THERAPY DOG'S TALE INSPIRES CHILDREN TREATED AT CEDARS-SINAI'S COMPREHENSIVE CANCER CENTER
LOS ANGELES (December 21, 1998) -- Dani is no ordinary dog. It's not just the Santa suit or reindeer antlers that set this beagle apart -- she is a cancer survivor and an inspiration to the young patients in the Comprehensive Cancer Center at Cedars-Sinai Medical Center, where she's worked as a therapy dog since June 1997.
Dani began her tenure at the center when her owner, Lauri Seamark, joined the staff as a child-life specialist. Dani's gentle, easy-going personality made her the perfect dog for the job, waiting patiently as young chemotherapy patients brushed her fur, painted her toenails and dressed her in various outfits. Just four months into her new duties, however, Dani was to experience what these youngsters already knew all too well -- cancer.
In October 1997, Lauri discovered a large lump on Dani's right back leg during a bath prior to her weekly visit to the center. After consultation with her veterinarian, Lauri scheduled Dani for surgery to remove the tumor, a mastocytoma that proved to be malignant. Subsequently, Dani embarked on a year of oral chemotherapy.
Ironically, Dani's medications -- leukoran and predisone -- are the same as those prescribed for children with leukemia and produced similar side effects. Just like the youngsters she visited, Dani experienced increased hunger and weight gain. Her appointments to the vet began with the routine blood draws the children knew so well. She had to avoid the park, where she might pick up "doggie diseases."
"The children began to identify with Dani, and they asked all sorts of questions," said Lauri. "One girl asked me if Dani was scared when she had her tumor removed. I knew she was really asking for herself, to know if it was okay for her to be scared too."
With Lauri's skillful handling, Dani became a model patient for every emotion the children experienced. The dog's "feelings" of fear, anger or excitement came to mirror their own, explained Lauri, "It really helped the kids to process their own emotions."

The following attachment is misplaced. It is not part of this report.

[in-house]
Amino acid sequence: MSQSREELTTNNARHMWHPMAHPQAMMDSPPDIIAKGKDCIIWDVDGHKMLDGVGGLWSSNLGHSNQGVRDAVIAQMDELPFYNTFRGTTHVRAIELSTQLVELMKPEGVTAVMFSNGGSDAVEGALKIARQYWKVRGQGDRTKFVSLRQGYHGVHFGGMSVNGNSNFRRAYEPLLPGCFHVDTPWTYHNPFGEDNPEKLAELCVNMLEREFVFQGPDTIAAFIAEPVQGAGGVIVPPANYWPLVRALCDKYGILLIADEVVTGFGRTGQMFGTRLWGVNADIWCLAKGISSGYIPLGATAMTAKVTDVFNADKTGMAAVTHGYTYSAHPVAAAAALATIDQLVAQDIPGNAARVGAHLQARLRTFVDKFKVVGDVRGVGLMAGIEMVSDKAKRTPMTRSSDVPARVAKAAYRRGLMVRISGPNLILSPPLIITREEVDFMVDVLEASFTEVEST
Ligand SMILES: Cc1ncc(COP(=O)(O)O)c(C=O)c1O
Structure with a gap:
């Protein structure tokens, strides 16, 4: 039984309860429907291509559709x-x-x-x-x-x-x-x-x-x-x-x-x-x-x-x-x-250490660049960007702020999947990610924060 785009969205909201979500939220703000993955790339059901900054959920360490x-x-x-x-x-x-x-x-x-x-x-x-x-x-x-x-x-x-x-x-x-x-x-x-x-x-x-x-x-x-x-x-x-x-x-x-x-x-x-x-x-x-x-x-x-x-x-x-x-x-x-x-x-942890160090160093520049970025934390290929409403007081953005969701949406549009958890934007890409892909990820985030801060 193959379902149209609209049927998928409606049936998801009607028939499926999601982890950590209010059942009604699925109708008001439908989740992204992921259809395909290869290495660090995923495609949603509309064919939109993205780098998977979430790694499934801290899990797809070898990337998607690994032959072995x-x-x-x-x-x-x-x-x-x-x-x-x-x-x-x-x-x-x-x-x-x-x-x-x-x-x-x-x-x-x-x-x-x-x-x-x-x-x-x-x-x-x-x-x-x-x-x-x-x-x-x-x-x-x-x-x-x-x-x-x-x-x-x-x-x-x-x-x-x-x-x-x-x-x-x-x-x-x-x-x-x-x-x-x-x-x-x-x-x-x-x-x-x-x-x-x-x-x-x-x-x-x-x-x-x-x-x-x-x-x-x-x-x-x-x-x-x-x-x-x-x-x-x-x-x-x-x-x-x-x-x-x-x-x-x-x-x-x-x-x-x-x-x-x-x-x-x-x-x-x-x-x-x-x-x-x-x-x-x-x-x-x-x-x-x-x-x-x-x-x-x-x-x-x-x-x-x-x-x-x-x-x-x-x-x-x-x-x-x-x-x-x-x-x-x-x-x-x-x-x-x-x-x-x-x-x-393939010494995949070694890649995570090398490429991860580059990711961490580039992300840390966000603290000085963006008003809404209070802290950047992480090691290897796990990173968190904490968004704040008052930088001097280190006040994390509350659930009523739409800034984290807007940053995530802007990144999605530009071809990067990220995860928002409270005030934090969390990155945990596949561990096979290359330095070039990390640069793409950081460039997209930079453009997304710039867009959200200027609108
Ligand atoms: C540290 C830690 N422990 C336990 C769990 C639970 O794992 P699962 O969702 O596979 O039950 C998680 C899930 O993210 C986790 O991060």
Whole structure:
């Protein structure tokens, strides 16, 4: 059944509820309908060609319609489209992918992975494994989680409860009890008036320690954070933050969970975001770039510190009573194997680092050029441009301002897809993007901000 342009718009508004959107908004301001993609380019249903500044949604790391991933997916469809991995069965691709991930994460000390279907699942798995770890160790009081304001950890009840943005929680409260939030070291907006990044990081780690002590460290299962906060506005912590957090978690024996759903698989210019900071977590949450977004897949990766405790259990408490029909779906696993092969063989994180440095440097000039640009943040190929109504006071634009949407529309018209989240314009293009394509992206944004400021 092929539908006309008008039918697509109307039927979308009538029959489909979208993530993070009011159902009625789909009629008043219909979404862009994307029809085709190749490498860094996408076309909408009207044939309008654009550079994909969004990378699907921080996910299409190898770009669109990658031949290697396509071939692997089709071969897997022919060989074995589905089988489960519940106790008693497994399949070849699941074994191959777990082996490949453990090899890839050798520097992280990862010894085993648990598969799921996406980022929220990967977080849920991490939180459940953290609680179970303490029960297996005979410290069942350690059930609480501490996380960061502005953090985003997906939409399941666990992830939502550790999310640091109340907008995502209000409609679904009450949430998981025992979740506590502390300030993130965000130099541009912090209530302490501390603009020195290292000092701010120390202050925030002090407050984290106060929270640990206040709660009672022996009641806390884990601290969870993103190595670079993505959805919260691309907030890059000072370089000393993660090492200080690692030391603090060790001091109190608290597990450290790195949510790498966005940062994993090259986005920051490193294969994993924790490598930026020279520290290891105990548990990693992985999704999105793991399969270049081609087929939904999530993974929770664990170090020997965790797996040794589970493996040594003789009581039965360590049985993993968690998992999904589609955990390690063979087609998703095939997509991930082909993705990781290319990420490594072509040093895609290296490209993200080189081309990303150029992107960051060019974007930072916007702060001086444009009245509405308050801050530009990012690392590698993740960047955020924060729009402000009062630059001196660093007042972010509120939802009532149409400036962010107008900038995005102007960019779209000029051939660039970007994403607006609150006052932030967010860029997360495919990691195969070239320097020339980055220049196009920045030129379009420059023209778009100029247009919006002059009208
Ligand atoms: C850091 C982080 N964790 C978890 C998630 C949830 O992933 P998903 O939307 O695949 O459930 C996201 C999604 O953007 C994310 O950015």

Lauri recalled a ride in the elevator with Dani and a child undergoing treatment at the center. Someone entered the elevator, exclaiming, "What a fat dog!" The child spoke up in Dani's defense: "You shouldn't say something like that if you don't know someone's situation!"
It was a gratifying experience for Lauri, who knew the child probably wouldn't have felt comfortable speaking up for herself, but for Dani it was a different story. The beagle has had a similar effect on hospital staff and adults at the outpatient treatment facility. In fact, the center's nursing staff presented Dani with an award for "Boosting Morale" (plus a rawhide wreath) this December. The Santa suit she wore for the occasion was a gift from one of the young patients.
Most encouraging -- for Lauri and Dani's many friends -- is that she completed her chemotherapy Nov. 18, and her prognosis is excellent. The day after her final treatment, Dani was the guest of honor at a party hosted by staff and patients replete with party hats and horns, a dog-bone-shaped cake and variety of gifts. "If she smelled food inside the package, she just shredded the paper -- the kids really got a kick out of that," remembered Lauri.
For both Lauri and Dani, the last year has been filled with trials and tribulations as well as triumphs.
"At first, I felt the whole situation was so unfair," said Lauri. "It was hard on me because it seemed like my whole life was about cancer, at work and at home. But then I realized there was a positive side, and that so many people empathized with Dani."
Dani's saga can also be an inspiration to dog owners who may face a similar crisis with their pet's health, Lauri added. "It's good for them to know there can be happy endings."
With chemo behind her, Dani is back to being a normal beagle -- her energy level is up and she's in good spirits. Lauri has just one new observation: "Dani is probably the most spoiled dog in the world!" But no one would argue the fact that Dani is a dog worth spoiling.
The above post is reprinted from materials provided by Cedars-Sinai Medical Center. Note: Content may be edited for style and length.
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